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Friends from Tampa to South Beach mourn drag queen

Published May 30, 2013

TAMPA — Anthony Jerome Lee, fatally shot Tuesday in East Tampa, was better known as "Wanda," a balloon-breasted drag queen famous for her Whitney Houston impersonations and penchant for being, well, a bit of a jerk.

She was big in South Beach in the '90s, where she had a regular Sunday performance at the now-closed club Amnesia. The crowd loved her show-stopping entrances, like the time she wore a dress made of tampons and jumped into a pool.

Wanda's "bad girl" reputation got her banned from many clubs, but she kept working, traveling the nation by bus and train, her long-sleeved, high-necked gowns neatly packed in dress bags.

Recently, though, Tampa was home. That is where Wanda, 44, was Tuesday evening, cooking dinner for a friend, when she heard a knock. Wanda answered the door to a gunman, who shot her five times, friends say.

Police have not named any suspects.

On Wednesday, the drag community, from Tampa to South Beach, Atlanta to Chicago, mourned a diva who may have had a prickly personality but was a loyal companion to those who weren't too scared to try.

What made her so good on stage was her comedy, said Kurt King, owner of Hamburger Mary's in Ybor City, where the striking 6-foot-6 Wanda used to host a talent night on Thursdays.

She would lip-synch Whitney Houston and put white powder on her nose, pretending to have recently snorted cocaine.

She wore wigs and gowns and exasperated friends by always blasting Houston's The Greatest Hits while putting on makeup.

She loved designer purses and kept receipts to prove they weren't fake.

Yet friends say Wanda, a rolling stone, never had a place of her own. She traveled so much and stayed with godmothers, godsisters, godbrothers. ("She had more god in her family than family," said friend Dale Wilson.)

Wilson, better known as Power Infiniti on stage, remembers meeting Wanda 17 years ago.

Wilson was new to the drag scene and was walking down Washington Avenue in South Beach when he passed Wanda, who was out of drag at that point.

Wanda started laughing — just laughing — at Wilson.

"She thought I looked a mess," Wilson recalled. "And, yeah, I had just started, so I probably did look a hot mess. But when a drag queen starts out, you can't tell her she doesn't look fabulous."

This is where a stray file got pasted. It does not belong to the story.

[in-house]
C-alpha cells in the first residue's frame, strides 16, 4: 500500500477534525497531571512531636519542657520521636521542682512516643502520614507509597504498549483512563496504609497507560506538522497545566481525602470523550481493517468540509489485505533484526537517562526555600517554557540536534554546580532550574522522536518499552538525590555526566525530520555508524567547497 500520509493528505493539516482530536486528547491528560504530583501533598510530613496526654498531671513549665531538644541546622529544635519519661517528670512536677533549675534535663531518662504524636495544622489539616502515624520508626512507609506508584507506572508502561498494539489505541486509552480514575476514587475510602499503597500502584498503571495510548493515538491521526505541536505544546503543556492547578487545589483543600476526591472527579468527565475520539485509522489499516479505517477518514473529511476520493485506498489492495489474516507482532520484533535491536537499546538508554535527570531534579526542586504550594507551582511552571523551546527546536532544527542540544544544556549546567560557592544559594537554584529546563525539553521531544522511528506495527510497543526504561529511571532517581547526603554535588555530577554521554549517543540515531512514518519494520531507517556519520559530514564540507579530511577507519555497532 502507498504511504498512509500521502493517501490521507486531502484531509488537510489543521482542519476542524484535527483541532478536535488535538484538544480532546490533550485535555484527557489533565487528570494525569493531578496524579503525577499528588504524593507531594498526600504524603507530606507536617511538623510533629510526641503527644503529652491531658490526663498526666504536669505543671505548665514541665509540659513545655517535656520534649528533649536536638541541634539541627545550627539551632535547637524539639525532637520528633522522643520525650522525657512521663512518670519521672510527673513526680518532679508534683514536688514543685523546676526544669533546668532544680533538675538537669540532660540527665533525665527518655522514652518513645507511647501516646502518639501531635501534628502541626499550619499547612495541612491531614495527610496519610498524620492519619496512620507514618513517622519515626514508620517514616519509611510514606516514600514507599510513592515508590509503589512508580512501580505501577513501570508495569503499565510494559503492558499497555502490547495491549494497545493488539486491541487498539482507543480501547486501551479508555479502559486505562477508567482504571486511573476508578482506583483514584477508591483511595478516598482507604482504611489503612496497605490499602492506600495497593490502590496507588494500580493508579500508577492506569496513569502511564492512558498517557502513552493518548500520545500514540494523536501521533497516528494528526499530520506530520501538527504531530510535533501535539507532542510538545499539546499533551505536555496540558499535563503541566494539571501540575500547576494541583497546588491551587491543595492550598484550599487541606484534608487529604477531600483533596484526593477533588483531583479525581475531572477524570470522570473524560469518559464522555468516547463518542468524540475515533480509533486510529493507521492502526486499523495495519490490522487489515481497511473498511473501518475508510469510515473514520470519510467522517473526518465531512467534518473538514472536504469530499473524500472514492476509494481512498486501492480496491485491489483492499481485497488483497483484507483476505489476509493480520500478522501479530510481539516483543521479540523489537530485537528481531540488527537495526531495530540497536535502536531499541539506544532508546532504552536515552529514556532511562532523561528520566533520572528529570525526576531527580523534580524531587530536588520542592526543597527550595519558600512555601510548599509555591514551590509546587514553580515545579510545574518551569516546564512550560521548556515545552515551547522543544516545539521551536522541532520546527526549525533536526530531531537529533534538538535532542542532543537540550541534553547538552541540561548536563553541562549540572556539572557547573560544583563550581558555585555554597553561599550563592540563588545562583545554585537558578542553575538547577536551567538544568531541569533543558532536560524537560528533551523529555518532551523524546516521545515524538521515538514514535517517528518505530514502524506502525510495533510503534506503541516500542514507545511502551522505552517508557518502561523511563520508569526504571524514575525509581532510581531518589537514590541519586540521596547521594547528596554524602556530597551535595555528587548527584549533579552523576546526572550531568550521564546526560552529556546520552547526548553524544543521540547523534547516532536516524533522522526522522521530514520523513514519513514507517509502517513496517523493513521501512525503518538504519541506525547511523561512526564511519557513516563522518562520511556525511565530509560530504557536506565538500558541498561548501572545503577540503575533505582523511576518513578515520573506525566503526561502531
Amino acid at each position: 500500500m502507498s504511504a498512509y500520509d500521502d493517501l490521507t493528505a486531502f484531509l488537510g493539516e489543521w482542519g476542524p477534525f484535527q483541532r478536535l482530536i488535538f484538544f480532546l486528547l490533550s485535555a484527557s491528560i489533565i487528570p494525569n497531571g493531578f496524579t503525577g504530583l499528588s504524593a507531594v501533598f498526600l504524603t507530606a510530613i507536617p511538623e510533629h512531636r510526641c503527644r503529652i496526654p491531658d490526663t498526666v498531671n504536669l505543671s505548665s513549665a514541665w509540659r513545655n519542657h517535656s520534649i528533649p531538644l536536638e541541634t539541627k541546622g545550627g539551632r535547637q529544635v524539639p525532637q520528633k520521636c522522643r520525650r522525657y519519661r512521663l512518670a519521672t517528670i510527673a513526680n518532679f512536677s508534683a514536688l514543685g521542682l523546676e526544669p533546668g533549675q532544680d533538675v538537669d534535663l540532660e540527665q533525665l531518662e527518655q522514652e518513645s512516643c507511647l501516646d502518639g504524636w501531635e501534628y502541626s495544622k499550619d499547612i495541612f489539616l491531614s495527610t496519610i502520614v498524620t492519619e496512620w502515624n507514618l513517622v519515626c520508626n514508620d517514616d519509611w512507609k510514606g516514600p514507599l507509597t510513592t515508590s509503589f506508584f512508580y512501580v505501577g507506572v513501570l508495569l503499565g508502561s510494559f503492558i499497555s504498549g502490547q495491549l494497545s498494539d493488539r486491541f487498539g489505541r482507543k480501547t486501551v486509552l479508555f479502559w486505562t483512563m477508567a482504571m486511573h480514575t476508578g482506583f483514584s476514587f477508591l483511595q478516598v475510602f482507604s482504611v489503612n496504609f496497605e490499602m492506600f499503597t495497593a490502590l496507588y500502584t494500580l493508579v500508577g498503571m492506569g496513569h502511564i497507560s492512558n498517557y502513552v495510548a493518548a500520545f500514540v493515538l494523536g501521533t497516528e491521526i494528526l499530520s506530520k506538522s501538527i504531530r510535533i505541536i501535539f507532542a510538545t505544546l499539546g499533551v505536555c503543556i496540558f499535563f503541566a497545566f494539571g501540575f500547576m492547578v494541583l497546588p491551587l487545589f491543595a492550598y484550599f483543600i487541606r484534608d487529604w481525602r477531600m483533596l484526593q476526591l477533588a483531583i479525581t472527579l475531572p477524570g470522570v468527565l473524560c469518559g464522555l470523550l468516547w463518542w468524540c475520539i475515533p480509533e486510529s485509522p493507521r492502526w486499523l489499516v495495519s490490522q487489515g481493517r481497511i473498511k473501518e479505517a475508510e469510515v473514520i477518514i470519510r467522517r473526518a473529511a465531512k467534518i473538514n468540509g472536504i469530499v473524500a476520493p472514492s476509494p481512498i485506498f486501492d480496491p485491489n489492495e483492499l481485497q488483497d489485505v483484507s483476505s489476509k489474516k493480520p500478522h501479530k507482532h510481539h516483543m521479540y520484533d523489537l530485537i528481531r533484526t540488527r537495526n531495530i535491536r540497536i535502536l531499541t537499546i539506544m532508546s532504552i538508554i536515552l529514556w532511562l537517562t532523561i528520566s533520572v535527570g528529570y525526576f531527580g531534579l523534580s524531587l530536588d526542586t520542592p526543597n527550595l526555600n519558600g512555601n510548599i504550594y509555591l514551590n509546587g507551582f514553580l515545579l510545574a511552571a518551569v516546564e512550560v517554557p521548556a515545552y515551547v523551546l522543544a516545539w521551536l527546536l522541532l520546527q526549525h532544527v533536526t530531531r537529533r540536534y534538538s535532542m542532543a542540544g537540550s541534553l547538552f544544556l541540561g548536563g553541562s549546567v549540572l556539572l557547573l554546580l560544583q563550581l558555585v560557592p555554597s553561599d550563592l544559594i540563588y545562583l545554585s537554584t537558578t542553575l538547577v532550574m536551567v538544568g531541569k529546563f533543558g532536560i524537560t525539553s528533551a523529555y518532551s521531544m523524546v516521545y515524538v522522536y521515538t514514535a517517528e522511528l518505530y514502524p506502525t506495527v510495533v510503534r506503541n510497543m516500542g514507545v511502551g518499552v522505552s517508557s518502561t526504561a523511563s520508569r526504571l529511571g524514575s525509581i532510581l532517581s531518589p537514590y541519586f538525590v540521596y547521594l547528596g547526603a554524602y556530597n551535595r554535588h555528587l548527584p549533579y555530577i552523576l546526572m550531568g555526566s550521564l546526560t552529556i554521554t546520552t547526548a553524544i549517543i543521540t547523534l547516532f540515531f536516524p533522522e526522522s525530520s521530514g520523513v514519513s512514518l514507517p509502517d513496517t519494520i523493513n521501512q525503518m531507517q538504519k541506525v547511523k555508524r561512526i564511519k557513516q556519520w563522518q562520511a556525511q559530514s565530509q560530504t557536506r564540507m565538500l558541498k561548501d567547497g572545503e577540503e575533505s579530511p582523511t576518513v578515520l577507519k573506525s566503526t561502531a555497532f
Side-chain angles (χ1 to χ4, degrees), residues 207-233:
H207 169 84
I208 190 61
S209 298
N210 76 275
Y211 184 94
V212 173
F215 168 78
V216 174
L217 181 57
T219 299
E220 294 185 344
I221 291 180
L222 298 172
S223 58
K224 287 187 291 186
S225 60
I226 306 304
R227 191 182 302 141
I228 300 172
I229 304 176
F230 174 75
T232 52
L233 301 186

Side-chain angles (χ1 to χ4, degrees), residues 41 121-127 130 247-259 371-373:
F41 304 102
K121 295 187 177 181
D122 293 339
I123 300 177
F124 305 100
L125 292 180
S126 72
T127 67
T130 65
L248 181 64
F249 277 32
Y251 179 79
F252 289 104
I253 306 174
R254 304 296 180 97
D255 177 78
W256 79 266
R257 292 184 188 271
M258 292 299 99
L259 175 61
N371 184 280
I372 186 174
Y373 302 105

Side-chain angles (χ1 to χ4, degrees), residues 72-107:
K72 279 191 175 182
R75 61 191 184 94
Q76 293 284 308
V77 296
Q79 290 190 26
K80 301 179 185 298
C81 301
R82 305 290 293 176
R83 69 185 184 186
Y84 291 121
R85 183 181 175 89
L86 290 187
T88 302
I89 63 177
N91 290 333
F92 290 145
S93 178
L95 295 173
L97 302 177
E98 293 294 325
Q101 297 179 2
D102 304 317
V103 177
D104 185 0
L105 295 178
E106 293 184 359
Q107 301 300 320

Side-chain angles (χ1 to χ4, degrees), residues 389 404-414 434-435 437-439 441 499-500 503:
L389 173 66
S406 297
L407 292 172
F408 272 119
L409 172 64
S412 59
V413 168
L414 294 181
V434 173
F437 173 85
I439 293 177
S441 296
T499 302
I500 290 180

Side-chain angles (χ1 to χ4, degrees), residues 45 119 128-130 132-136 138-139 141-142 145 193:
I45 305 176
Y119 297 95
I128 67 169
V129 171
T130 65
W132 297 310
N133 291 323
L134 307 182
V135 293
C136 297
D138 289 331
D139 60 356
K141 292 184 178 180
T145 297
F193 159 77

As Wilson got to know Wanda more, their sharp-tongued personalities somehow meshed. They became close friends.

Wanda was outgoing and crazy, but she also had a loyal streak, said her friend, Lazaro Leon, known as Adrenalyn Demornay. They worked together at Valentine's Nightclub near West Tampa several years ago.

"She was always crazy, but she was also very caring and there for you when you needed her," he said.

She could also cut down people and had no patience for misbehavior — or anyone who popped her giant balloon breasts.

"Wanda can be a certified b---- with a capital B," said her longtime friend, Henry Williams, also known as South Beach drag queen Tiffany Fantasia. "She was one of those people who could give you no fakeness, no phoniness. You got the real deal. She was a tough cookie, but once you got to know her, you fell in love with her."

He described Wanda as a mentor and inspiration — and as "the only person I know banned from practically every club in South Beach and coming back like nothing had happened."

"She would always get into a fight. I remember one time she was at Twist. I don't remember the details, but it involved a Bud Light and a bottle going over somebody's head," he said.

"Security walked her out. The next thing, security was on the floor and she got up and walked away, her wig in her hand."

Twice in the late '90s, clubs tried joining together to ban Wanda, hoping she would just go away. She didn't.

Wanda grew up in East Tampa. Over the years, she racked up a Florida arrest record, mainly for bad checks, but was charged with aggravated assault in 1993.

And though she had achieved fame in South Beach, she always seemed to return to her hometown. She could often be found hanging out at Wilson Funeral Home, where she used to work but now simply helped.

There, she dressed as Anthony, was referred to as a male and known by the nickname "Foots," likely earned because he was lanky and had large feet.

He was just there a couple of hours before his death, said funeral home manager and friend Wayne L. Bright.

"He was just hanging around, joking," Bright said. "I told him he missed his calling. He should have been a standup comedian, he was so funny."

Anthony Lee leaves three sisters and four brothers — "a family that loved him," said sister Barbara Lee-Thomas.

A funeral is still in the works, though Bright said he assumes Wilson Funeral Home will handle it. Hamburger Mary's will hold a fundraiser to pay for funeral costs. It will be June 6, on talent night.

Miami Herald staff writer Steve Rothaus and Times researcher John Martin contributed to this report.

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